• Of note are Cool Cat having to unlock the car door before he gets in, Daddy Derek having to adjust his guitar strap after throwing it on too quickly, the bush by the front door that snags Cool Cat's tail and Daddy Derek's shirt, and a phone ringing in the background of one scene.
    • In the scene where Cool Cat is yelling at Butch The Bully after having sand kicked in his face (the part where Cool Cat suddenly has Angry Eyebrows), the left sleeve of the costume can be seen going over the sleeve of the Cool Cat shirt.
    • The parade scene has the biggest costume goofs. The actor, Jason Johnson, clearly just threw it on in a hurry since the neck of the costume is hanging over the shirt collar (making it look like Cool Cat had a double-chin), the right sleeve wasn't on properly so Johnson's wrist can clearly be seen, and once again, the other sleeve goes over the shirt.
  • Undermined by Reality: Derek's actions towards his critics make the film's anti-bullying message very ironic.
  • Uncredited Role: The driver who almost hits Mikey as he tries crossing the street isn't listed in the credits. Between this and Cool Cat running across to catch Butch shortly after, the scene about safe road crossing makes it feel as if it was a last minute addition to the film and likely unintentional.
    • Similarly, the neighbor who infamously looks out and walks back in during one scene. Further not helped by ultimately becoming an Un-person in the Kids Superhero cut.
  • What Could Have Been:
    • Following the Parkland school shooting, a sequel, called Cool Cat Stops a School Shooting, was going to be made and it was meant to be a PSA specializing in school shooting survival tips. Though it received a Colbert Bump from Mumkey Jones (who would've also starred in the film), the film's fundraising project could not get enough money in time for the deadline, so Savage tried reformatting the fundraiser for a smaller backup project called Cool Cat: Stranger Danger Alert & Home Cooking Tips (which is about what you would expect from such a title). Despite that, the fundraiser ultimately failed in the end, but Savage released it as “Cool Cat’s Crazy Dream” in 2019, which is detailed on the main page.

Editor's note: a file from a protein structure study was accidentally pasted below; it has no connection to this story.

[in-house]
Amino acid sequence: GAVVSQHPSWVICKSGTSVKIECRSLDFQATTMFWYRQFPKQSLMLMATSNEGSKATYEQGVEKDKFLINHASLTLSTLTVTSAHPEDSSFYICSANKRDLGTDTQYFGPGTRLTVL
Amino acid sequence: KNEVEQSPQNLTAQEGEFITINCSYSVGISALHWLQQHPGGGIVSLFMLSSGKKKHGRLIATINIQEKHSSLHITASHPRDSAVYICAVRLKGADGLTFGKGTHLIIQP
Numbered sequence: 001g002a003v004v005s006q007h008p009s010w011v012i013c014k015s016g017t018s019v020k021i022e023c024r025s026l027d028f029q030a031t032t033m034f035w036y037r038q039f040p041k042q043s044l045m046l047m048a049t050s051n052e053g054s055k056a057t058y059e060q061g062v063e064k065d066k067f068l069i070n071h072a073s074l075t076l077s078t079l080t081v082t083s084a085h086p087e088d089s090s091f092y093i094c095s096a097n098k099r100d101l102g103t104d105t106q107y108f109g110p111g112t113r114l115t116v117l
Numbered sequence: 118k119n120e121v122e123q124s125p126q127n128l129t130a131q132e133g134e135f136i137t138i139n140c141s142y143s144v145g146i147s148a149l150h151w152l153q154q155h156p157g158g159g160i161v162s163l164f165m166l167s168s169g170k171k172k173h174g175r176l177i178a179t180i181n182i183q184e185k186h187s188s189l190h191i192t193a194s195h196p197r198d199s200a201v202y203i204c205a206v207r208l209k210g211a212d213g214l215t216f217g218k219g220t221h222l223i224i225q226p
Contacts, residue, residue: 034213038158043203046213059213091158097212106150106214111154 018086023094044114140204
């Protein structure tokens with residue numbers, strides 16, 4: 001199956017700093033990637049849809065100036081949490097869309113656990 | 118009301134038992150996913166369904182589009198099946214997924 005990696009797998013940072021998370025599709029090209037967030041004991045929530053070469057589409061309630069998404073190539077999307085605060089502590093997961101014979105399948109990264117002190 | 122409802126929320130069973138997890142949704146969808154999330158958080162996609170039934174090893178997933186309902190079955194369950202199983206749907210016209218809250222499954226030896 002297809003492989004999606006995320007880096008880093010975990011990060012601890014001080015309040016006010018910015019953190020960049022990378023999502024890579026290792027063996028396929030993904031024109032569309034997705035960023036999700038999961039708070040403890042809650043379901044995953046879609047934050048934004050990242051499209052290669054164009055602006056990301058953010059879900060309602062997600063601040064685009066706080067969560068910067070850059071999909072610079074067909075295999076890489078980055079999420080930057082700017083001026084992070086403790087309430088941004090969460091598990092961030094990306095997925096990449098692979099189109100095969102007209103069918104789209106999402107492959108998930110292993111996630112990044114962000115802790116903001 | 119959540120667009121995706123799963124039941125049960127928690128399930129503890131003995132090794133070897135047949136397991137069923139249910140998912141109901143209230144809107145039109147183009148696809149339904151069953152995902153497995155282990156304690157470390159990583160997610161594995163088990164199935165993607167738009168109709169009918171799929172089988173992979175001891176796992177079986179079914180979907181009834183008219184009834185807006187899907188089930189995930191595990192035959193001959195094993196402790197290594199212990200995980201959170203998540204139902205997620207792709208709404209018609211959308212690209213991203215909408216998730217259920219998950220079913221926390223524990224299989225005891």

• Savage also once planned a documentary called ''Medical Marijuana: Does it Work?''.
    • At one point, Cool Cat was a 45-book series.
    • According to an interview with Jason Johnson (Cool Cat’s actor), John Schneider was going to be in the film instead of Erik Estrada, but he backed out at the last minute. In addition, another interview with Johnson revealed several tidbits:
      • The Kids Superhero edit was planned to add twelve scenes instead of seven, had three new celebrities, and a new child character.
      • Savage planned a follow-up to Saves the Kids with a film called “Cool Cat vs. the Wicked Witch”.
      • Johnson’s performance was originally a one-time thing, and Savage considered putting someone else in the suit, possibly a woman.
      • Johnson was asked by Savage to accept an award at his 420 Awards production as Cool Cat, and present an award as himself. Johnson, pointing out the obvious issue with having a character for children appear at an event that's ostensibly a celebration of marijuana, refused the offer.
      • See Talking to Himself above.
  • Writing by the Seat of Your Pants: In this video, Derek Savage admits that he didn't conceive Cool Cat Saves the Kids as a full-length project. Instead, he started with a single short video (Cool Cat Stops Bullying, with Erik Estrada and Vivica A. Fox), then when he had trouble selling it, tried making two other shorts (finding a gun and the Hollywood parade), then when he realized that he'd have more luck with a feature-length film, stitched them all together with an additional half-hour of new material. Some of the oddities of the film, like Cool Cat's habit of pausing in the middle of sentences ("it's not cool to...paint on someone's wall!"), the type of unpolished delivery you get from child actors who never had a chance to rehearse, and Non Sequitur lines (like Daddy Derek's response to being told how crazy the day was: "Hey, I hope that's a great thing!") make it seem like the dialogue was ad-libbed or was scripted on the fly, but Jason Johnson has said that there was an actual (grammatically-incorrect, sometimes incoherent) screenplay.